(KCPW News) The Utah Division of Wildlife Resources is following Arizona’s lead in launching a program that aims to reduce the number of California condors poisoned by lead from bullets. The division has offered $25 toward non-lead ammunition to hunters that commit to using it in areas of the state where the condors make their homes.
“They’re feeding on the gut piles, and in some cases carcasses, of animals that have lead fragments embedded in the tissues,” says Jim Parrish, Avian Program Coordinator for the DWR. “They ingest the lead fragments and then that results in them getting lead poisoning and some birds have died from that as a result of foraging on those carcasses.”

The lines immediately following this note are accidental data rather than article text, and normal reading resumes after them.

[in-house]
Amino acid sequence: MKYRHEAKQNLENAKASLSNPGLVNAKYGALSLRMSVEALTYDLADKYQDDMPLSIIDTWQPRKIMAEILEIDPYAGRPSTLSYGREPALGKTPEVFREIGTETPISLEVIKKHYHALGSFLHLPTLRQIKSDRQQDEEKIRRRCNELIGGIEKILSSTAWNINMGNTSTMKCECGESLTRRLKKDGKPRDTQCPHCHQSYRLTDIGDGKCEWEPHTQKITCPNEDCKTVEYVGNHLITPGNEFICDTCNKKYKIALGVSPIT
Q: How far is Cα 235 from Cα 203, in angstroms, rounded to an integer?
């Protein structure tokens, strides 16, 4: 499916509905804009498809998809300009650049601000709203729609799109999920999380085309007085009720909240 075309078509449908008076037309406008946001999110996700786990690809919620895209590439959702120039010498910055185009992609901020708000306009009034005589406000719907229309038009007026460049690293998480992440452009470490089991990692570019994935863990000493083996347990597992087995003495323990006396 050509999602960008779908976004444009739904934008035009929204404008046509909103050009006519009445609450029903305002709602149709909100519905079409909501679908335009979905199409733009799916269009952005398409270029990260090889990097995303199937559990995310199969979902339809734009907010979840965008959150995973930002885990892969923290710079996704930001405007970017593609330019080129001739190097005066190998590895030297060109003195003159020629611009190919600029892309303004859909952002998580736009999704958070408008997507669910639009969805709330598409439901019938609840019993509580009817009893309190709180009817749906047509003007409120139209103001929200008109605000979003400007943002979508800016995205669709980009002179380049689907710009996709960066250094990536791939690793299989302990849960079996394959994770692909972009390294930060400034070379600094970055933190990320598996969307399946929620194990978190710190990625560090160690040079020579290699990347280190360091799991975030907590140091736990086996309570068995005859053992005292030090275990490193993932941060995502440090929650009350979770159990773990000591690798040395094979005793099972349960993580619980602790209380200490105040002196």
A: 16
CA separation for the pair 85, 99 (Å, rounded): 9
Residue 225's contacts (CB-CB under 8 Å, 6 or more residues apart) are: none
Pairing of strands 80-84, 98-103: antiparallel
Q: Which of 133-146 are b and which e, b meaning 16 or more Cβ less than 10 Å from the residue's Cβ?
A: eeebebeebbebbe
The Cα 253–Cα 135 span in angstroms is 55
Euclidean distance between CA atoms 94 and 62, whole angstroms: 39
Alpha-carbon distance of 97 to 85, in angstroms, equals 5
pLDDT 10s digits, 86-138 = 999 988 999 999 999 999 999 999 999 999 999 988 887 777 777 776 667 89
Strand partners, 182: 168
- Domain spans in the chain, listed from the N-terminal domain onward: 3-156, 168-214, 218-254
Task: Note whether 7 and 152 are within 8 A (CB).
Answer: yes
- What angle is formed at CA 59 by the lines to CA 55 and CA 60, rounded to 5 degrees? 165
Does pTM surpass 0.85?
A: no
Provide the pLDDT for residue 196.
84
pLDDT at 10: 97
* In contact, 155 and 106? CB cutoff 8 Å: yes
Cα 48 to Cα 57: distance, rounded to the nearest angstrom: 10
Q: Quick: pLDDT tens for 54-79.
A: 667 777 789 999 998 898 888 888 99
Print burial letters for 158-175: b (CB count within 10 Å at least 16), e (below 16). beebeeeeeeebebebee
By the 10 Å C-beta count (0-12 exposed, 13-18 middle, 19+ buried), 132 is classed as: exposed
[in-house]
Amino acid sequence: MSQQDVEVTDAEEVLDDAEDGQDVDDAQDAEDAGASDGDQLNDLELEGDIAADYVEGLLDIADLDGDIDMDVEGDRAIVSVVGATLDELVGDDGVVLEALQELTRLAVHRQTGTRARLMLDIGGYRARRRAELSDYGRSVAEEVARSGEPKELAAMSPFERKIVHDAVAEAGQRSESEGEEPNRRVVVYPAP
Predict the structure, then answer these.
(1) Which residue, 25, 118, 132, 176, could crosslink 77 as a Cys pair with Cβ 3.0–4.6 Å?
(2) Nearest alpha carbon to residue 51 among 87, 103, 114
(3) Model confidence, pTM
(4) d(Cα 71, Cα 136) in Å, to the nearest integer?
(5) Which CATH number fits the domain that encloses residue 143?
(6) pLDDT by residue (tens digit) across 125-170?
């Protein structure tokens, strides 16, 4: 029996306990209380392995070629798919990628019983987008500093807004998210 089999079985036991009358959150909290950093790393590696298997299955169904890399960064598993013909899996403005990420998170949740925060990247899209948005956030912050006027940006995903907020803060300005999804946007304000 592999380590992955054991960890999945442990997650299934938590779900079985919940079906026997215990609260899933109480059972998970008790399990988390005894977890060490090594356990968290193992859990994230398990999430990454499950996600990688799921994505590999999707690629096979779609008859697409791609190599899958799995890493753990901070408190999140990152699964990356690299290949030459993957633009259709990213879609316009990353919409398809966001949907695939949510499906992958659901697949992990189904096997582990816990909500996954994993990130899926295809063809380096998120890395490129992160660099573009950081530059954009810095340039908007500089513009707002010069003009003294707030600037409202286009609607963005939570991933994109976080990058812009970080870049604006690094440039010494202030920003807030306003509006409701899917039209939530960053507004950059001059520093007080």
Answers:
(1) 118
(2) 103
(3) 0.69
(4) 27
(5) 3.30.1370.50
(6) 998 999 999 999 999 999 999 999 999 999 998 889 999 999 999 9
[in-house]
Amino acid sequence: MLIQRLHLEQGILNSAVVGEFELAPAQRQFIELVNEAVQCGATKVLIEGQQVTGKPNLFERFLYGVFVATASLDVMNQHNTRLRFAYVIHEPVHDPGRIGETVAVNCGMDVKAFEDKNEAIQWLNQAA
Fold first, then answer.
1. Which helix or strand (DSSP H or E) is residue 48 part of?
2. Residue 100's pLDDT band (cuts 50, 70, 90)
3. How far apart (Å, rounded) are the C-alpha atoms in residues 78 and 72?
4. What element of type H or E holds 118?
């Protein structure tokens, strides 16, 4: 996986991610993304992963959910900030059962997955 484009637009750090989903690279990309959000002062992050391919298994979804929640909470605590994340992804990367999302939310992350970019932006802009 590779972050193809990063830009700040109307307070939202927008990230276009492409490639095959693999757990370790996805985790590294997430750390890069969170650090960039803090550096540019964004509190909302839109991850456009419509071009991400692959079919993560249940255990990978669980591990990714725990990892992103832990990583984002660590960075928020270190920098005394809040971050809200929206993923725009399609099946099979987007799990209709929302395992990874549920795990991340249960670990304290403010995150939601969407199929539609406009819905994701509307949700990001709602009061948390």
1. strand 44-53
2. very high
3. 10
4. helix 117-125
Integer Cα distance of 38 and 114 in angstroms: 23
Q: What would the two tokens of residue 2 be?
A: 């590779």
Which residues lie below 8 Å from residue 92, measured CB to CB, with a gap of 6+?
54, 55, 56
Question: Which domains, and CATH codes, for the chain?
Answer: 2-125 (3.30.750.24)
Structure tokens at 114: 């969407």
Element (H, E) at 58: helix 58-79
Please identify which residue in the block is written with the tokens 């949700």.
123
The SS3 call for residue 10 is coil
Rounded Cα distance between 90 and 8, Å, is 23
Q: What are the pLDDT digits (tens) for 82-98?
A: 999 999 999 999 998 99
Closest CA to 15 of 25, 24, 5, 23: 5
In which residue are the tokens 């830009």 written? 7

Parrish says 15 condors have died since the birds were reintroduced to northern Arizona and southern Utah in 1996. And according to division statistics, about 60% of the condors show signs of exposure to lead each year.
The majority of condors living in Utah are located in the Zion unit, and the division has identified about 2,000 hunters who plan to hunt there this fall. Parrish says the response from hunters toward the program has been positive.
“We’ve gone around to all of the sportsmen’s groups at the expos and talked one-on-one with everyone. We’ve gotten just across the board total support of what we’re doing,” says Parrish. “And so now with offering the rebate coupons we’re really excited and expecting that they’re going to step right up and work with us on this to help us get the lead out if you will and get the birds exposure reduced here in Utah.”
Parrish says California condors are listed as an endangered species, however the population in southern Utah and northern Arizona were reintroduced to the area as an experimental, non-essential population under the Endangered Species Act.